A rare Spix’s macaw has been returned to its home country of Brazil, in an attempt to revive the nearly-extinct species. Although the breed is protected by international treaties, it was probably smuggled into the U.S. from Brazil 25 years ago. There are only about a dozen inbred birds left in Brazil, so the newcomer can inject some genetic diversity into the remaining population, and perhaps prevent the species from becoming extinct.

The parrot was discovered by accident in Colorado when a Denver woman called her veterinarian, saying she owned a Spix’s macaw that was depressed. Parrot enthusiast Mischelle Muck answered the phone. Since the bird is extremely rare, she thought the woman had misidentified her pet. However, there were rumors that a Spix?s macaw was somewhere in Colorado, so she got the woman in touch with the World Parrot Trust. The director, James Gilardi, finally talked the bird owner into returning the bird to Brazil.

The owner says the bird was left with her in the late 1970s and she didn’t know it was so rare. Special agent George Morrison of the U.S. Fish and Wildlife Service says the bird smuggler?s trail is now cold, although an investigation is still open. The woman named the bird Presley and caged it with an Amazon parrot for company. The Amazon died this year, leaving Presley depressed and listless.

Parrot experts think the bird is between 25 and 50 years old. Parrots live for 50 or 60 years in captivity and can breed until they die. It?s hard to tell a parrot’s sex, so Gilardi sent samples of its feathers and blood to the San Diego Zoo, where geneticist Oliver Ryder discovered Presley is a male. He also froze some of its DNA so it can be cloned if the species goes extinct.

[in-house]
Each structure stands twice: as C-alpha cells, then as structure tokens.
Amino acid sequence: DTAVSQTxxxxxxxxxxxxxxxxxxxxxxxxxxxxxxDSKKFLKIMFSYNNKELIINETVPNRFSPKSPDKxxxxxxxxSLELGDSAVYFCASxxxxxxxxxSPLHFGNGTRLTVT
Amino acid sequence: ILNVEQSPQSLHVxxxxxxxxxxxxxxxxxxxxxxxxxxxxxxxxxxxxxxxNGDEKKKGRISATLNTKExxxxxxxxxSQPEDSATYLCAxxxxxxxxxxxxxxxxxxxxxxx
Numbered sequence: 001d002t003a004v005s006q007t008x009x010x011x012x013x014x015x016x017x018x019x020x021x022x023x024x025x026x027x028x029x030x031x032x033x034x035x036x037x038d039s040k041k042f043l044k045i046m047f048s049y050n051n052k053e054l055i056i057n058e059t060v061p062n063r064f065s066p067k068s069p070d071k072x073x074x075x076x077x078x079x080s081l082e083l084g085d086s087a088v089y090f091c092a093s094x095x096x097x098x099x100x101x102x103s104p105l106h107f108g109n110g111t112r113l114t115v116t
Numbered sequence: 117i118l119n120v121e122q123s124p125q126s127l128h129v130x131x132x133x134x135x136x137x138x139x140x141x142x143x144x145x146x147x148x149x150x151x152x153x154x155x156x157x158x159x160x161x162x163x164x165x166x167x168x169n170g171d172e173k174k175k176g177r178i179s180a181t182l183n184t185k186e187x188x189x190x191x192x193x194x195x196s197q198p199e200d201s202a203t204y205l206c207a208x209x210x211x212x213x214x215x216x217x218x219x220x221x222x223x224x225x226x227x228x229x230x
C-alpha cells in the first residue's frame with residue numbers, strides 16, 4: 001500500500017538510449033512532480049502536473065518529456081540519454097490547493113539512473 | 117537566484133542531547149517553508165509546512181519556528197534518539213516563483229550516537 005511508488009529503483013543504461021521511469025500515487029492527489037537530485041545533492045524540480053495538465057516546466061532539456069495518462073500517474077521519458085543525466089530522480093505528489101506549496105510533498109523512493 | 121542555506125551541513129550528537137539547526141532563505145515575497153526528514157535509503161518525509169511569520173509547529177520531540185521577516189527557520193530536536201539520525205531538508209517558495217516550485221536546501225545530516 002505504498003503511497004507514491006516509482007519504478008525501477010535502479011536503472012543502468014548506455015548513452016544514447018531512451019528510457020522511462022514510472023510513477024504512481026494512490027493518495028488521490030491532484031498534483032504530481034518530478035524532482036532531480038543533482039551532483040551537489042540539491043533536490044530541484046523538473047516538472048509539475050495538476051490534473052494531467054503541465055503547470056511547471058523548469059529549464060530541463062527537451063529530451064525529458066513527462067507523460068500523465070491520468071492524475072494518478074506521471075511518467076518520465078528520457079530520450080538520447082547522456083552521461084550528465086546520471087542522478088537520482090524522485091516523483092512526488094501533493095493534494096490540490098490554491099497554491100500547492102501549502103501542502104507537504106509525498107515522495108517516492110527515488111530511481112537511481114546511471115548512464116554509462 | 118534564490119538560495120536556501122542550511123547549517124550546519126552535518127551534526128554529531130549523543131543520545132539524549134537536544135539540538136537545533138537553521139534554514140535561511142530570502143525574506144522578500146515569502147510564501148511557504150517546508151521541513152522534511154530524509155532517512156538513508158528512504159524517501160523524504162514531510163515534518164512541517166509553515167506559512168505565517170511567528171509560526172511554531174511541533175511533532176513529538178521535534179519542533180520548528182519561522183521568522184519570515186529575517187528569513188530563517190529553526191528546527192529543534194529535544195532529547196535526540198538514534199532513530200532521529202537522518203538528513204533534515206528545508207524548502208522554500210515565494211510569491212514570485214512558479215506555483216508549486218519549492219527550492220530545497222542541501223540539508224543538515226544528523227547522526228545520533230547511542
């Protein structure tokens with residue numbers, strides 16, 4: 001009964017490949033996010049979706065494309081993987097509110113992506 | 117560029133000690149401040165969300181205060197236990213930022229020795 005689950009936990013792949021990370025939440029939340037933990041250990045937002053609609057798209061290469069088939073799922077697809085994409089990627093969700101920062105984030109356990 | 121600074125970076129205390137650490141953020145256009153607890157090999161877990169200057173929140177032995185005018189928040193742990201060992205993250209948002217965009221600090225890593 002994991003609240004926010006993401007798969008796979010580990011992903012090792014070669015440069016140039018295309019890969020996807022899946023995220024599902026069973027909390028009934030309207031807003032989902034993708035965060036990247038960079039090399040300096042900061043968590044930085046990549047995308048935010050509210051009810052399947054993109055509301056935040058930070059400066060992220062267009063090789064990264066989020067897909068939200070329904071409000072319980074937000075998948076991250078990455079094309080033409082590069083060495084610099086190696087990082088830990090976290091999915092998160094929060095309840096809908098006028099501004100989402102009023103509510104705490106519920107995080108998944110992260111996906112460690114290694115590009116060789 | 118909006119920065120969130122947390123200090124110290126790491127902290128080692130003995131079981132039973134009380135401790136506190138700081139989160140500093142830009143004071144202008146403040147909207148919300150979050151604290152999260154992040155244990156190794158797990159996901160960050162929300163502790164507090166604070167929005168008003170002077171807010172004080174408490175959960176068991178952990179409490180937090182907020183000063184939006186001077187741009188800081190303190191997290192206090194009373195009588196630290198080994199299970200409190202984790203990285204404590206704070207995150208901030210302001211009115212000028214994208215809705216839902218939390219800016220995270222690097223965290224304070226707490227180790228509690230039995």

Muck began getting the parrot ready to return to the wild. She introduced it to a variety of new foods and taped his cries and played the tape back to him. Officials at the Denver zoo finally decided the parrot was ready for the 20-hour flight to Brazil. Muck paid for her own ticket and put the parrot inside her shirt when she walked through security. On board the plane, Presley’s cries drew the attention of the other passengers. At the Miami airport, Muck handed the parrot over to Iolita Bampi, a senior Brazilian wildlife protection official who took him the rest of the way.

Biologist Fernanda Vaz at the Sao Paolo zoo says Presley is eating well and is very healthy. Officials plan to move him to Recife, where the breeding program is underway. “In 15 years, there?s every likelihood we will be talking about Presley having reproduced or his genome having been cloned,” Gilardi says. “In some way, he will contribute to the continuation of his species.”

Rare birds aren’t the only exotic things going on south of us. Edgar Cayce had a lot to say about the mysteries of South America.

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